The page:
Jul 16, 2017
Cass Midgley and Dr. Bob
Pondillo interview Rebecca Fox. Rebecca is the artist and author of
a new graphic novel titled "Murmurs of Doubt: Twelve Skeptical
Graphic Novellas." She's British and was raised by apatheist
parents but got caught up in the Wiccan religion in her teens.
Rebecca is an impressive, sharp communicator with an interesting
personal journey that we're delighted to bring you.
On her website about the book Rebecca writes, "I’m not the same person I was ten years ago. And neither are you. I wanted to write stories about those moments of epiphany when we begin to change, to see through superstition and dogma and get a glimpse of the really real world. But that’s impossible. The closer I looked for those moments the more slippery they became and as I wrote and drew I realised I was telling stories about doubt… bubbling under the surface in everyone's lives, ready to transform us. Murmurs of Doubt is a collection of twelve comics about people from diverse backgrounds and cultures experiencing doubt and becoming someone new.
At around the one hour mark of this conversation, Rebecca references Leo Igwe's Skeptical Manifesto for Africa, from which I'm about to read. I found this to be a very practical application for atheist activism in the world that pushes back against the toxic effects of non-critical thinking and superstition. It occurred to me as an opportunity for us to apply our heartfelt concerns for how religious thinking is literally arresting social development around the world. You can Google a Skeptic's Manifesto for Africa, which I've linked in the shownotes, and donate to this cause. The following excerpt from Igwe's post demonstrates a religious hegemonic stronghold even greater than that of the American South.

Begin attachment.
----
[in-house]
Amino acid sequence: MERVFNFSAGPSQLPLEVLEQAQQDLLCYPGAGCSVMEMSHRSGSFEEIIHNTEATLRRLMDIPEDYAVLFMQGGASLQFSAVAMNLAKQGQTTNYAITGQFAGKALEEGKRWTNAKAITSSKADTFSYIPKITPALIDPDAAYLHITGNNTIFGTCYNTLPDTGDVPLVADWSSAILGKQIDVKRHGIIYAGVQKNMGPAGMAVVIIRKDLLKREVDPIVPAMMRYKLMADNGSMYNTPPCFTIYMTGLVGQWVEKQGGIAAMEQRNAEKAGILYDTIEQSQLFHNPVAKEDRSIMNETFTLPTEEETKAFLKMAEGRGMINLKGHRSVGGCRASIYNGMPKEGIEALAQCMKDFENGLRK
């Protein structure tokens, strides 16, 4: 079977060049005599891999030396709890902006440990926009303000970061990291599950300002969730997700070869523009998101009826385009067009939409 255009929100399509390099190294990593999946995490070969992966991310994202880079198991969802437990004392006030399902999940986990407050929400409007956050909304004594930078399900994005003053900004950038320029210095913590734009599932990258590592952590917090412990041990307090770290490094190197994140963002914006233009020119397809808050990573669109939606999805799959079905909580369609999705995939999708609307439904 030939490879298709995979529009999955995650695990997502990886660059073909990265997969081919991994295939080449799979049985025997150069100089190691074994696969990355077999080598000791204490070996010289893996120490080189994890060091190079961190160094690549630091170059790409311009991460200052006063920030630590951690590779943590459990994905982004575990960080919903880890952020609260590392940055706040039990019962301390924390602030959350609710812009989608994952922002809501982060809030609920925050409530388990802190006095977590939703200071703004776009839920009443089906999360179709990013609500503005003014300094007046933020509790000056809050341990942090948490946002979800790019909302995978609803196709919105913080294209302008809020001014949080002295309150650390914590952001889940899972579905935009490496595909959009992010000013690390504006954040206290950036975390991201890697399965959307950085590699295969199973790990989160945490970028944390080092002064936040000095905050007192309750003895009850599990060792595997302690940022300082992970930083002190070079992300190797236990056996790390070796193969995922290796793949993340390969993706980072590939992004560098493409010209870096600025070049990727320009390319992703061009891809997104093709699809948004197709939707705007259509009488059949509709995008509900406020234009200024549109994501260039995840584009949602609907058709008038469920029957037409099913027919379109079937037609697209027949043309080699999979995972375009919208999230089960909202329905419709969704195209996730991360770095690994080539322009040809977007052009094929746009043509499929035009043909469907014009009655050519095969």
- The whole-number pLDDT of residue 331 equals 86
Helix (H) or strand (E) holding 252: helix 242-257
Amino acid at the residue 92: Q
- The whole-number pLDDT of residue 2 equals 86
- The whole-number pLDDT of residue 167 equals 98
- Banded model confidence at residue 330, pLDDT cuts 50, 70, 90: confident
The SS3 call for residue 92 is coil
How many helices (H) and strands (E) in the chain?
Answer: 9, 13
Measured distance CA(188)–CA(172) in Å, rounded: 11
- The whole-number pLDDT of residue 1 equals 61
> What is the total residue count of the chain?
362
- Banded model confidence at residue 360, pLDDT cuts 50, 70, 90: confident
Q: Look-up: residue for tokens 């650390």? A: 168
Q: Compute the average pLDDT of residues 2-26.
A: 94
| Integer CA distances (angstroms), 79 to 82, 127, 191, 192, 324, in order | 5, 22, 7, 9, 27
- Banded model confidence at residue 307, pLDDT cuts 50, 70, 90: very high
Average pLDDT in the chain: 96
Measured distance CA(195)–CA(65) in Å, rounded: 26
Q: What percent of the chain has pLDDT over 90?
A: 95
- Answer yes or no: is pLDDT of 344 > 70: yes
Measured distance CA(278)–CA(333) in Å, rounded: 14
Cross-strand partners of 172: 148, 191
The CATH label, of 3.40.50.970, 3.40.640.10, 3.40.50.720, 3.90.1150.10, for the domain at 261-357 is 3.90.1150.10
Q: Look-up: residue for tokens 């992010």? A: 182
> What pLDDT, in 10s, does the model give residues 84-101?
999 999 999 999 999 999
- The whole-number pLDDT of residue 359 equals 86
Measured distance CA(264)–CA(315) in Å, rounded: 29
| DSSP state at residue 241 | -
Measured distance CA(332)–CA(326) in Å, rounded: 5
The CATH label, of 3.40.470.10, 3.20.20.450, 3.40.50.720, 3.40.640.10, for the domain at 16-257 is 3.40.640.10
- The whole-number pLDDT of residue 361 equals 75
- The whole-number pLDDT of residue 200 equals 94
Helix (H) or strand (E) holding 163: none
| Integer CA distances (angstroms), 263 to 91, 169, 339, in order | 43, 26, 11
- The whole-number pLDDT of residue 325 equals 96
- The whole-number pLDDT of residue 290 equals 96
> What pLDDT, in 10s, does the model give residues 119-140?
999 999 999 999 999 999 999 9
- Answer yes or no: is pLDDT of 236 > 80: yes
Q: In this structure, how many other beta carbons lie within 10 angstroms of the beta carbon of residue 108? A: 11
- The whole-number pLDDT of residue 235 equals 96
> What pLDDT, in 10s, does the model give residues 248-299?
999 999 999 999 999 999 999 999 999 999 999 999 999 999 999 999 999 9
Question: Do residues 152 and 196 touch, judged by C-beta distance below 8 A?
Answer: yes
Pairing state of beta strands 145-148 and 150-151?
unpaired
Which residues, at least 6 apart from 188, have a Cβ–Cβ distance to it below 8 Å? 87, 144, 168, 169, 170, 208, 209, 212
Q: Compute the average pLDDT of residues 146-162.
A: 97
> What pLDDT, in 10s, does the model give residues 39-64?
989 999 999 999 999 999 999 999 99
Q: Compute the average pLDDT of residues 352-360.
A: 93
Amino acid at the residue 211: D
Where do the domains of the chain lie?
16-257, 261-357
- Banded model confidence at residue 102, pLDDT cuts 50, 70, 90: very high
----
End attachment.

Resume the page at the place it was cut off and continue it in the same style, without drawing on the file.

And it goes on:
I found this interesting because, as much as we here in America have felt the negative repercussions of religion, it's destructive swath reaches well past our Western borders, with far worse ramifications. I hope you caught the phrase, "skeptical spring." This notion inspired me to keep putting out episodes of this podcast. To keep speaking out about the integrity of critical thinking. Christians have a scripture that propels them out of complacency in Romans 1:16, "I am not ashamed of the gospel." Well, they should be ashamed, and we, with the truth and morality and human progress on our side should not be ashamed. Obviously I'm not endorsing that we become assholes like them, but that we not shrink back from opportunities to inform the curious, educate the confused, and embolden the cowardly.
We taped this conversation on July 15th, 2017. We interview people you don’t know, about a subject no one wants to talk about. We hope to encourage people in the process of deconstructing their faith and help curb the loneliness that accompanies it. We think the world is a better place when more people live by sight, not by faith. Please subscribe to our podcast, and leave a review wherever you listen to podcasts. Our show is available on most podcast platforms. Also, you can support us monetarily in two easy ways: you can pledge one dollar per episode through Patreon; that’s www.patreon.com/eapodcast, or leave a lump-sum donation through PayPal at our website, www.everyonesagnostic.com. The smallest contribution is greatly appreciated.